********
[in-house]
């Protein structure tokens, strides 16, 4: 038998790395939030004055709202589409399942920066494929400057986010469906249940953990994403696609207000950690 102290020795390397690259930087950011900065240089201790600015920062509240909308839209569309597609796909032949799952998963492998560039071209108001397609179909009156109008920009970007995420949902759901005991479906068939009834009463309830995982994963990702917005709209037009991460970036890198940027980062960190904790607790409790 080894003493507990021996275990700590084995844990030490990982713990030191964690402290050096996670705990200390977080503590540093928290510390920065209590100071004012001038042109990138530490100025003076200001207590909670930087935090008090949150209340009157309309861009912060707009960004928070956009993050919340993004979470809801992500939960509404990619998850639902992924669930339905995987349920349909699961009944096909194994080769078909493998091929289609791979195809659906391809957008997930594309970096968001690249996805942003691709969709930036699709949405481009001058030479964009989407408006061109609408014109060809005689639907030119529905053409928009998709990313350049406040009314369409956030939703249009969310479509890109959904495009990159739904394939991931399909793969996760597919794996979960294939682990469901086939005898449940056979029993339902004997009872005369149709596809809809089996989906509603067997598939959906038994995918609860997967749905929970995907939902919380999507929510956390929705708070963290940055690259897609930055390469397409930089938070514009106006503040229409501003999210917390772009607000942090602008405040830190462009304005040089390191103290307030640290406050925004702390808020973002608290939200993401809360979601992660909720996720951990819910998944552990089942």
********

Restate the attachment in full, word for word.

[in-house]
């Protein structure tokens, strides 16, 4: 038998790395939030004055709202589409399942920066494929400057986010469906249940953990994403696609207000950690 102290020795390397690259930087950011900065240089201790600015920062509240909308839209569309597609796909032949799952998963492998560039071209108001397609179909009156109008920009970007995420949902759901005991479906068939009834009463309830995982994963990702917005709209037009991460970036890198940027980062960190904790607790409790 080894003493507990021996275990700590084995844990030490990982713990030191964690402290050096996670705990200390977080503590540093928290510390920065209590100071004012001038042109990138530490100025003076200001207590909670930087935090008090949150209340009157309309861009912060707009960004928070956009993050919340993004979470809801992500939960509404990619998850639902992924669930339905995987349920349909699961009944096909194994080769078909493998091929289609791979195809659906391809957008997930594309970096968001690249996805942003691709969709930036699709949405481009001058030479964009989407408006061109609408014109060809005689639907030119529905053409928009998709990313350049406040009314369409956030939703249009969310479509890109959904495009990159739904394939991931399909793969996760597919794996979960294939682990469901086939005898449940056979029993339902004997009872005369149709596809809809089996989906509603067997598939959906038994995918609860997967749905929970995907939902919380999507929510956390929705708070963290940055690259897609930055390469397409930089938070514009106006503040229409501003999210917390772009607000942090602008405040830190462009304005040089390191103290307030640290406050925004702390808020973002608290939200993401809360979601992660909720996720951990819910998944552990089942």